Taking the helm: NUS Seafarers take to sea once again on voyages to Indonesia’s Anambas Islands

A second wind filled the sails of the schooner Four Friends for the first time in three years since the COVID-19 pandemic, as it glided through turquoise waters teeming with marine life.

Supported by the NUS Global Relations Office’s Study Trips For Engagement & EnRichment (STEER), which immerses students in diverse cultural and socio-economic environments of fast-evolving regions through experiential site visits, the NUS Seafarers took to the sea once more on two voyages to the Anambas Islands in Indonesia.

The NUS Seafarers is a close-knit community united by a love of nautical adventure, venturing out to the seas and communities of Southeast Asia aboard traditional sailing vessels with zero carbon footprint since 2017.

Led by Captain Warren Blake and Associate Professor Martin Henz of the Department of Computer Science at NUS Computing, the momentous revival of the NUS Seafarers saw the two groups of voyagers sail, hike, abseil, kayak, and snorkel their way across the Anambas archipelago over the course of 12 days each from 29 April to 10 May and 9 to 20 May, exploring its rich culture, history, economy, and natural environment from the unique perspective of a seafarer.

“NUS Seafarers voyages are holistic experiences that combine communal living, structured and ad hoc learning projects, and adventure learning. The vessel serves as a safe learning space from which learning journeys are planned and executed and where reflection and documentation take place,” Assoc Prof Henz, who is also a Residential Fellow at King Edward VII Hall, explained. “It is fascinating to observe how communities of learners spontaneously form on these voyages to tackle challenging learning objectives.”

The crew comprised NUS students, alumni, and staff from all walks of life, hailing from faculties as diverse as the NUS Faculty of Arts and Social Sciences, School of Computing, College of Design and Engineering, and Yong Loo Lin School of Medicine.

Visiting a wide range of communities, enterprises, and environments throughout the archipelago, the crew derived a well-rounded understanding of the region from the expedition. NUS News tags along to find out what the voyagers learn from the rich experiences, interactions, and connections as they embark on the adventure of a lifetime!

Adapting to the rhythms of life at sea

Plying the ropes, sails, and ship's helm by day, and getting regaled over dinner with gripping swashbuckling accounts of shipwrecks and shark encounters from the Captain by the light of the moon, the voyagers quickly took to life onboard the schooner, gaining their sea legs and acquiring experience and confidence in the manifold aspects of living at sea.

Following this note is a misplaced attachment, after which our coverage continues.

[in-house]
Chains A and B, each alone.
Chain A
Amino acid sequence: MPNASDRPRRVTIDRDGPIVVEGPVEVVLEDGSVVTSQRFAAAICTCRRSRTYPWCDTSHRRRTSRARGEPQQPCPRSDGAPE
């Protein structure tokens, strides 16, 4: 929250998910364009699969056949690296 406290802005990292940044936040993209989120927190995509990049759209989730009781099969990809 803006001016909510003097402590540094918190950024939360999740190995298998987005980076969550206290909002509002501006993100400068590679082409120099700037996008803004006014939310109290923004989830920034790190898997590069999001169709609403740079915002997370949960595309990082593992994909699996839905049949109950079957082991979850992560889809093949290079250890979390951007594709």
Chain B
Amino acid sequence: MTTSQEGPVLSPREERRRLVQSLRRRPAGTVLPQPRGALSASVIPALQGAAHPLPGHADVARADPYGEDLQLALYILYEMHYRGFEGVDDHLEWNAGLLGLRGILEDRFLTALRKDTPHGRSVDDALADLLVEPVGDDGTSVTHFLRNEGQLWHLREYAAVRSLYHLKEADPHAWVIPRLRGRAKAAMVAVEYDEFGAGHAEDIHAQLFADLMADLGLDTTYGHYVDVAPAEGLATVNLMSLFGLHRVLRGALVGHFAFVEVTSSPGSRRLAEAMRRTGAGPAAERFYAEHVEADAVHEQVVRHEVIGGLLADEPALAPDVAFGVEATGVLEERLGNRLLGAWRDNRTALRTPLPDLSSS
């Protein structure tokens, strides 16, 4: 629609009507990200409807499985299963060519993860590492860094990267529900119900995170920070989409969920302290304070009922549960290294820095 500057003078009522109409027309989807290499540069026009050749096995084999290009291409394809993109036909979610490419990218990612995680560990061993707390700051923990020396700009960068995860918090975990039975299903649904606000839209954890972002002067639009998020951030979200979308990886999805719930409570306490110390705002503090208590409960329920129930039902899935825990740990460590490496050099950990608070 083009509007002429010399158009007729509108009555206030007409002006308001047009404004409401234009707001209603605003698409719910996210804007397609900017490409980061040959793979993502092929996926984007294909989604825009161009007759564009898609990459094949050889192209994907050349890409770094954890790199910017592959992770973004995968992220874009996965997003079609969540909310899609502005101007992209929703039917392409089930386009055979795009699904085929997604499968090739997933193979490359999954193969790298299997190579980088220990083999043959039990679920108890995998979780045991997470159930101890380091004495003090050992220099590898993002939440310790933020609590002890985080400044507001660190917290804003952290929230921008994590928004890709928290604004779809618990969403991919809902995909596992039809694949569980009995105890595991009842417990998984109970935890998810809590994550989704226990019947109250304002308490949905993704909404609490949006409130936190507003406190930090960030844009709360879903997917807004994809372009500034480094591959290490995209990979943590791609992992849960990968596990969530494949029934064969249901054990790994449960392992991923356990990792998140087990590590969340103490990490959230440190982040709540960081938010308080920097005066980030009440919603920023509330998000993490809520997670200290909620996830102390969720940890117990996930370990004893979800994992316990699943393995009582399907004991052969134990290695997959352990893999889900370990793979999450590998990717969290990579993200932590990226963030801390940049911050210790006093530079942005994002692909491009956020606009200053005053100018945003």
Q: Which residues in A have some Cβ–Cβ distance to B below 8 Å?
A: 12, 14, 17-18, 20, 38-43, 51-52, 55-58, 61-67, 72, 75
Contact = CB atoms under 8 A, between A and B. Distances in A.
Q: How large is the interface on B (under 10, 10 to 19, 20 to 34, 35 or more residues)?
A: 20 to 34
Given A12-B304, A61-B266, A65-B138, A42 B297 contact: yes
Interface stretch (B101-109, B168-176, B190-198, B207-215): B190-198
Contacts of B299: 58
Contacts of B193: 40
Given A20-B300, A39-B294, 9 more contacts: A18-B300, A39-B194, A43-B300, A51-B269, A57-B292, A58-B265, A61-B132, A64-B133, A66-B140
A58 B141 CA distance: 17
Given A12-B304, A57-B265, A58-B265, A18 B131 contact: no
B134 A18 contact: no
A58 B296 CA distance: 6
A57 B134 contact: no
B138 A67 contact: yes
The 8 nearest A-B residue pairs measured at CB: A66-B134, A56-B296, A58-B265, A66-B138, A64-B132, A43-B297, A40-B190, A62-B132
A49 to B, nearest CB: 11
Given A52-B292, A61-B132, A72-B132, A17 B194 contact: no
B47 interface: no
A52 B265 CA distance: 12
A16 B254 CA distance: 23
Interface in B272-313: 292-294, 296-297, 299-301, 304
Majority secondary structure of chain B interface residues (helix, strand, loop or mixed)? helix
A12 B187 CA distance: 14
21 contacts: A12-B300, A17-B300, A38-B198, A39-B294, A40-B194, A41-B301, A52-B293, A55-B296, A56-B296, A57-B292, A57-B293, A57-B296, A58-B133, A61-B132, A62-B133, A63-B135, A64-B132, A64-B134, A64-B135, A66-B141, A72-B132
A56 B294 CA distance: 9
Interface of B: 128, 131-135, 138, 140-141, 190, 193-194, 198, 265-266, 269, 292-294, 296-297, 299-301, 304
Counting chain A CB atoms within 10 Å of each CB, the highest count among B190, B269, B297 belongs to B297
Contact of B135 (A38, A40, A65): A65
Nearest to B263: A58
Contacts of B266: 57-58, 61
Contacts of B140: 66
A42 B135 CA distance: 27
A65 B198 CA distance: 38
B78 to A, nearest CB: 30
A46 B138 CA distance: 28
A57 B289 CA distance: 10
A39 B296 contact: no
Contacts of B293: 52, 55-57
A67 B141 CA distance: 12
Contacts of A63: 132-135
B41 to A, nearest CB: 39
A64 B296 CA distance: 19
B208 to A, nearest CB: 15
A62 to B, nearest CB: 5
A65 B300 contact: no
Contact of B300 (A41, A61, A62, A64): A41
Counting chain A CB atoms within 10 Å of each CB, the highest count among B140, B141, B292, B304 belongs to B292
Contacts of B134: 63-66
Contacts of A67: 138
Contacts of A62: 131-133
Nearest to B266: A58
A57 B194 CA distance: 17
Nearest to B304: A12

Over the course of ten days, the crew learnt a host of nautical skills on the fly—steering the ship, manning the ropes, tying nautical knots, manually raising the anchor, employing basic cartography to chart the ship’s course, and taking depth-sounding readings and records.

They also received a crash course in celestial navigation, including hands-on experience with using a sextant and the identification of significant constellations like the Big Dipper and Southern Cross to get their bearings out at sea. Blessed with clear skies and the absence of light pollution on most nights out at sea, the voyagers stargazed to their hearts’ content, treated to the sight of swathes of constellations, and even Venus and the Milky Way.

The journey was not all smooth sailing however— the voyagers contended with various challenges that took the wind out of their sails, such as a jammed rudder and anchor winching mechanism, and other small mishaps that they had to work together to overcome. Confronted with limited freshwater supply and limited electricity generated from the ship’s battery, they also gained a heightened appreciation for finite resources.

“One of the biggest challenges we faced was sailing the ship, an activity that requires accurate coordination, quick decision-making, and effective cooperation. The changing wind conditions and navigational challenges necessitated a cohesive team effort,” shared Tong Xinyao, a Year 1 Computer Science major.

“Through effective communication and a willingness to learn and help, we gradually grasped the basics of sailing. It was really fun and rewarding to see the sails up and enjoy the breeze on the deck after the hard work!” she quipped.

Connecting with local communities: A window into a way of life

The voyagers made a stop at Air Sena, a seaside village of stilt houses inhabited by the descendants of the Orang Laut, a nomadic seafaring people with a proud heritage of nautical knowledge and skill, and a resourcefulness in eking out a living from the sea.